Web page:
Chemically, they all look a lot like serotonin, which is a neurotransmitter that affects parts of the brain that relate to emotions and perception. Now scientists at Johns Hopkins University have discovered that they all target the same serotonin receptor, serotonin HT2A. So what that receptor does is, it allows the serotonin or the psilocybin or the active ingredient of these psychedelics to create a cascade of chemical reactions, which then create the sounds and sights and smells and perceptions of a mystical experience. Essentially, they’ve discovered a “God neurotransmitter,” in a way.
So now they can get a sense of what happens in the brains of mystics or you and me when we have a spiritual experience. What’s really cool about this is that the war on drugs ended this sort of research for about 35 years, but now at Johns Hopkins and other places, the government’s allowing this to go on.
They’ll be able to give you a capsule of psilocybin, slide you into a brain scan, and actually watch spiritual experience unfold in an FMRI. This has really opened the door for understanding the brain mechanisms of spiritual experience.
So the question is, does that mean that God is just a chemical reaction? I think probably a lot of scientists would say, yes. But Roland Griffiths, who’s the researcher at Johns Hopkins, doesn’t think so, and he doesn’t think so for a couple of reasons. One is that people who have spiritual experiences can do this without help from their chemical friends, right? They can do it through meditation and prayer and chanting and fasting – all of these can spark spiritual experience. Second, he says it’s just as plausible that the chemical reactions and the electrical firings in the brain are reflecting an interaction with God or the spiritual realm.
Psilocybin can occasion mystical-type experiences having substantial and sustained personal meaning and spiritual significance. Griffiths. J Psychopharmacology. Editorial & Commentaries. Press Release. Griffiths Q&A. 2006.
Mystical-type experiences occasioned by psilocybin mediate the attribution of personal meaning and spiritual significance 14 months later. Griffiths. J Psychopharmacology. Press Release. 2008.
2011. Mystical experiences occasioned by the hallucinogen psilocybin lead to increases in the personality domain of openness. MacLean. J Psychopharmacology.
And he uses this analogy: He says, when you eat a piece of apple pie, all sorts of things happen in your brain. The part of the brain that mediates smell will light up or taste will light up. Probably the part of the brain that handles memory will light up as you think about the last time that you had a piece of apple pie. But does the fact that there is this predictable and measurable brain activity – does that mean that the apple pie doesn’t exist? Of course it doesn’t. So maybe, Griffiths says, this brain activity is chronicling an interaction with the divine.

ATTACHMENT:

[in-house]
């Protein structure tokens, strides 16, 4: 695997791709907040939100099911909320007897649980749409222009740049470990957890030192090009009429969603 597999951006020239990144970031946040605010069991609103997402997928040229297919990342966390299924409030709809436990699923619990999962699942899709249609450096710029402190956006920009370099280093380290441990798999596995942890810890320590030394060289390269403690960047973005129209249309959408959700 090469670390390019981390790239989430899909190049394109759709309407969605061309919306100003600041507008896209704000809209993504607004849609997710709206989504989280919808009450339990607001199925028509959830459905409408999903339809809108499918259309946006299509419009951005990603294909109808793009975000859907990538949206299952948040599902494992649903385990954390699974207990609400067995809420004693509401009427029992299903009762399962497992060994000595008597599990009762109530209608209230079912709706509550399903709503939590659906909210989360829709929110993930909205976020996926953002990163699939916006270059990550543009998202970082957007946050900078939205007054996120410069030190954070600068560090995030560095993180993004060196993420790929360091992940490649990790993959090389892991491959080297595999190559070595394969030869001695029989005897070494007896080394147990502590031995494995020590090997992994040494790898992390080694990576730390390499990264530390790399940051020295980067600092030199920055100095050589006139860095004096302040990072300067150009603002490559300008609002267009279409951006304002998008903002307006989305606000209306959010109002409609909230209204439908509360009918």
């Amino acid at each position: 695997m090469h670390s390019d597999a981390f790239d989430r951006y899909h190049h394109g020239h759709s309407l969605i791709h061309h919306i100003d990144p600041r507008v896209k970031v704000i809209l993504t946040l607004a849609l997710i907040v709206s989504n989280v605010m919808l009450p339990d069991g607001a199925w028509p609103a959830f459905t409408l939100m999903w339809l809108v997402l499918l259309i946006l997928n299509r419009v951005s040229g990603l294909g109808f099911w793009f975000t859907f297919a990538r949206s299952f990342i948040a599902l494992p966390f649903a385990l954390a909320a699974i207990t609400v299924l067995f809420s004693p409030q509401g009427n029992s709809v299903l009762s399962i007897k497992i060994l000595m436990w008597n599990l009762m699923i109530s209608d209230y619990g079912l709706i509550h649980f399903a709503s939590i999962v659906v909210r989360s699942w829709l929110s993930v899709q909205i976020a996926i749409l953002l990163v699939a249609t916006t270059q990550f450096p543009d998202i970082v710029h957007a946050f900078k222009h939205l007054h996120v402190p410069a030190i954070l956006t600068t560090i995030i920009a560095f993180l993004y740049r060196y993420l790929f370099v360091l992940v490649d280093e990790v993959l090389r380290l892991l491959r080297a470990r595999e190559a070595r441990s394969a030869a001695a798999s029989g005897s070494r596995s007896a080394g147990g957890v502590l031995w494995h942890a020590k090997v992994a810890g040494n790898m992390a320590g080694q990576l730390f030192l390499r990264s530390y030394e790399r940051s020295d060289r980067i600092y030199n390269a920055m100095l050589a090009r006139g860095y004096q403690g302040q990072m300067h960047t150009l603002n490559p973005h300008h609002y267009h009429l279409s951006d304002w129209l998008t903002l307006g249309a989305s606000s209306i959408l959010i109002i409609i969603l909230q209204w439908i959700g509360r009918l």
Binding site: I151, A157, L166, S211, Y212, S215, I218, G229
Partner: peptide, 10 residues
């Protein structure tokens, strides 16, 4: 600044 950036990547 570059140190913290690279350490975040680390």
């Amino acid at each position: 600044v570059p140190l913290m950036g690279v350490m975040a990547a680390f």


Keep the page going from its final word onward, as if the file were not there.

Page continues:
He raises a third issue, which Francis alluded to, which is, why? Why are we wired to have mystical experiences in the first place? Is it possible that there is a God or an intelligence who’s created this way? I mean, if there is a God who wants to communicate with us, he probably wouldn’t use the big toe; he’d probably use the brain. Doesn’t it make sense that this is how God would communicate.
Now in the end, I don’t think science will be able to prove or disprove God, but I do think there’s a really fascinating debate – and I’m going to close with this – that’s circling around spiritual issues. We may actually make some headway about it. There may be a way to tackle this issue in a definitive way. It’s the mind-brain debate, or can consciousness operate when the brain is stilled
I just have one more story to tell you to illustrate a point. In 1991, there was a woman named Pam Reynolds. Have you all heard of her? She was found to have had an aneurysm on her brain stem. Her doctor told her that it might rupture at any moment and that she could die at any moment, and so she decided to undergo what was then a very experimental surgery called a standstill operation. She flew out to Arizona to a place called the Barrow Neurological Institute in Phoenix.